Have faith in the market. The market giveth, and the market taketh away — it has its reasons, which are ineffable. Libertarians and economic rationalists! Capitalism is a meritocracy! Do not worry about fairness: the Market Will Provide.

Oz
Oz
2022 years ago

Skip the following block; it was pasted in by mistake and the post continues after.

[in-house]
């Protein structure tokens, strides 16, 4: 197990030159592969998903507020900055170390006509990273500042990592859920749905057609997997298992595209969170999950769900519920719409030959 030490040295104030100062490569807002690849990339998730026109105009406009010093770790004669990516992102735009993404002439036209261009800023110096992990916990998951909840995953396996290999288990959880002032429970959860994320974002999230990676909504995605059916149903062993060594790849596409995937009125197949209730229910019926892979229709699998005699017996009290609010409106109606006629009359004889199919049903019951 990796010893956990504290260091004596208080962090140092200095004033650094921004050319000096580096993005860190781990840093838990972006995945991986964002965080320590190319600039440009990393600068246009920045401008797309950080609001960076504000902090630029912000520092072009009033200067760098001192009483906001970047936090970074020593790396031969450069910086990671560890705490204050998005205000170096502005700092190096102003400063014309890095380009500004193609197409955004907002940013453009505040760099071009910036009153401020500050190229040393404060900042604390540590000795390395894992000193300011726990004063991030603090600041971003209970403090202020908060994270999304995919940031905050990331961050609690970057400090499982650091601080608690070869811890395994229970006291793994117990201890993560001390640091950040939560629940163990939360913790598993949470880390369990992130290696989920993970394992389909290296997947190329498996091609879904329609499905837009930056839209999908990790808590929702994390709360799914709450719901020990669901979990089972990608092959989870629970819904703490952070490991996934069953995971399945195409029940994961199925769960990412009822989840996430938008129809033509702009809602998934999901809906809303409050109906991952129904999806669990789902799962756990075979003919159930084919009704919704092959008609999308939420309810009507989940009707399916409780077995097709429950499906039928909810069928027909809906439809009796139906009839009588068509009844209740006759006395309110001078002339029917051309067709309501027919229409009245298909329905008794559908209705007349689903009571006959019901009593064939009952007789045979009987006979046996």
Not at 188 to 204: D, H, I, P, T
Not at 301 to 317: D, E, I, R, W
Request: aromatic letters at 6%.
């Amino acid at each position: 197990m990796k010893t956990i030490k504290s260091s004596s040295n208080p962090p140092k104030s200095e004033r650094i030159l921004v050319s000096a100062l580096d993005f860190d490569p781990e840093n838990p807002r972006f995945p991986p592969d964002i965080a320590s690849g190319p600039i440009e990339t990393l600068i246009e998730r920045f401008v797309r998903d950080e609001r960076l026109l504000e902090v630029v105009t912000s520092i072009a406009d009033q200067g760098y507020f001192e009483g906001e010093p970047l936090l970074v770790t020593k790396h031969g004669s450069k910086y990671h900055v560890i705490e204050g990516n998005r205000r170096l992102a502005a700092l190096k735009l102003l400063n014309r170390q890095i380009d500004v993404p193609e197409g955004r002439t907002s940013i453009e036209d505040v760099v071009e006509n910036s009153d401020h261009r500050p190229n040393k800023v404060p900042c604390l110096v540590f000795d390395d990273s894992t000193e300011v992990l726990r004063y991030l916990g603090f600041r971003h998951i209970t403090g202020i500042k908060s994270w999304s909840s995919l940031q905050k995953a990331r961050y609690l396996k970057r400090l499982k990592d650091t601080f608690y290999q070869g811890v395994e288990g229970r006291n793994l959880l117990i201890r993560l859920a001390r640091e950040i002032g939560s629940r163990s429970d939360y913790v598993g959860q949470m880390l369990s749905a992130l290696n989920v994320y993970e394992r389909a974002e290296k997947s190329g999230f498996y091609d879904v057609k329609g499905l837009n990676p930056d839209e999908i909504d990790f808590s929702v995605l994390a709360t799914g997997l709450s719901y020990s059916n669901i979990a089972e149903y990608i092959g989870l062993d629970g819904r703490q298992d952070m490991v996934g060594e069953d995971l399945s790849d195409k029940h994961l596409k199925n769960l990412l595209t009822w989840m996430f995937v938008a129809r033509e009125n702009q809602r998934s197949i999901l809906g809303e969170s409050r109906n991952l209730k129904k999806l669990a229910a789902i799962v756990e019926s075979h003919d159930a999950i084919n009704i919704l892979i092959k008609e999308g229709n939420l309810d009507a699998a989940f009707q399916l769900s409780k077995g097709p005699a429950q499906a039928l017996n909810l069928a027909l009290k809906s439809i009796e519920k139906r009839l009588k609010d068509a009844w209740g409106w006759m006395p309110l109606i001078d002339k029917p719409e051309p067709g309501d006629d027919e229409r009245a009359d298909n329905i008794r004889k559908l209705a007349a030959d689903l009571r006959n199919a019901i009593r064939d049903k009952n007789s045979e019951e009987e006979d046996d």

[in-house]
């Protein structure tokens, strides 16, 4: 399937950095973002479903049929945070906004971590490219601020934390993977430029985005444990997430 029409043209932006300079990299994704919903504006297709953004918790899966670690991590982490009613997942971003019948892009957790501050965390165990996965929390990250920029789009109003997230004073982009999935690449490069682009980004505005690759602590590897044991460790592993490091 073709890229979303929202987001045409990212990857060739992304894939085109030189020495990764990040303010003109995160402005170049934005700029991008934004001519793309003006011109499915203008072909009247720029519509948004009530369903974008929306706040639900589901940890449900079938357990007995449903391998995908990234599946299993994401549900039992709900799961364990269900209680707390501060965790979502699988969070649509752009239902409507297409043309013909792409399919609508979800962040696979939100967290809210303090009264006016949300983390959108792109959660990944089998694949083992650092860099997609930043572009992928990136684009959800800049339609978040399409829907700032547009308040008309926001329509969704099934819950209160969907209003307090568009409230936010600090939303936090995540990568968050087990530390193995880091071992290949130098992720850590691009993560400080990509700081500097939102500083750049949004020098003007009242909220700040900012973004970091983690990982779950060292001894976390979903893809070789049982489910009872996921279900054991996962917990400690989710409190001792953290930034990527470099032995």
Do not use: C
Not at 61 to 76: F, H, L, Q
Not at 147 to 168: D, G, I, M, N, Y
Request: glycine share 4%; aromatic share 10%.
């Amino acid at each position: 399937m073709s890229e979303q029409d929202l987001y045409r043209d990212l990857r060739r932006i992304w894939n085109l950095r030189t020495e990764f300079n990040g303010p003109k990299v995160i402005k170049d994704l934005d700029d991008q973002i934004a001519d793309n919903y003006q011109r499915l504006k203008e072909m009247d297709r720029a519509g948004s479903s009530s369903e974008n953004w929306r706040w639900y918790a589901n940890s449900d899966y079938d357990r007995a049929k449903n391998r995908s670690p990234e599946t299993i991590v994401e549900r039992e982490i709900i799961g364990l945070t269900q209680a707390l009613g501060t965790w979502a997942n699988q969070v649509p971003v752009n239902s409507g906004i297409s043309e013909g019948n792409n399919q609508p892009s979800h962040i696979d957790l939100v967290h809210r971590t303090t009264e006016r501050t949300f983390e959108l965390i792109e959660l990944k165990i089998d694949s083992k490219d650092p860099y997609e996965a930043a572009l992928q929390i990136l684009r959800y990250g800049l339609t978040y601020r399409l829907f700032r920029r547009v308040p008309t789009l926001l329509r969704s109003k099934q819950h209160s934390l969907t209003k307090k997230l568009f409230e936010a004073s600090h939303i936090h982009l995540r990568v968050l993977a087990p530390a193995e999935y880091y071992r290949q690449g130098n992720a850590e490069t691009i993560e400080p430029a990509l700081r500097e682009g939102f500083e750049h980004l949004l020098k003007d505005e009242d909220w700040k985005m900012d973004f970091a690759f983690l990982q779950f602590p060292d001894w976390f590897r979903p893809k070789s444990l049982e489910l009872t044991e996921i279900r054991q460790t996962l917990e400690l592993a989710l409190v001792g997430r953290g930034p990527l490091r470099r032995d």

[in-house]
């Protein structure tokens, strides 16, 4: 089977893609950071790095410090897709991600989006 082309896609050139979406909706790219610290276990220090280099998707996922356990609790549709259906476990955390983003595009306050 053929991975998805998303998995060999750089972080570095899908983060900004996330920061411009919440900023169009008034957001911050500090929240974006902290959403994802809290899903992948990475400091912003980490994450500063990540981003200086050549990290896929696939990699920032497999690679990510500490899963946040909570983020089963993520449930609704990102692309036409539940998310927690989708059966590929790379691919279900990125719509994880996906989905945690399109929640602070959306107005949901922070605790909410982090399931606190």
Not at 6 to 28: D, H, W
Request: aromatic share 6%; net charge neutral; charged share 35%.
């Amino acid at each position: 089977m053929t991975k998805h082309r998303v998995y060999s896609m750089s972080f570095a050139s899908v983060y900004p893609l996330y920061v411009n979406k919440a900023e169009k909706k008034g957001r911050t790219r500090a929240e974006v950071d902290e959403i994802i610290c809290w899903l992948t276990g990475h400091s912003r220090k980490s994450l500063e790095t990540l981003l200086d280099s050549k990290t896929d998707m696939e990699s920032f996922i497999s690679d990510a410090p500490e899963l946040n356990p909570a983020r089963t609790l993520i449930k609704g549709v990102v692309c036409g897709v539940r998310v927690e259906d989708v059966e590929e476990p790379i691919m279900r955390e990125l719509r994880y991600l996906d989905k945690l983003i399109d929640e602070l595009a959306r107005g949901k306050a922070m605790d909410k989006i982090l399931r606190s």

“Fairness” and “justice” are matters of perspective. What you think is a fair way to spend our taxes (which includes mine) may not be a fair thing to me. Good governments expand the range of private choices (ie the market) as much as possible, while a bad government taxes heavily and over-regulates (via such agencies as HREOC) in order to impose the ideas of a few people on the rest of the population. It’s not true to say or imply that markets are wild and undisciplined. A market transaction is entered into voluntarily and both parties profit – a win/win outcome is the result. The alternative is a command transaction, a win/lose outcome. I believe that in any given situation a large number of self-interested individuals without power over other people is infinitely more likely to come up with fair and just results than a very few self-interested politicians and bureaucrats with power over other people. No-one manages their affairs without making some mistakes, but at least each person is a better judge of his own affairs than the most diligent bureaucrat. And while markets sometimes fail, command economies and societies fail more often and more spectacularly. I think my point is that nothing delivers perfect outcomes, but the least-worst is to inform people’s discretion as much as possible, then leave them alone. It’s not a cop-out, it’s not ignorant, the facts are that it’s the best way to do it. Market economies are more prosperous and more fair and more pleasant to live in than command economies.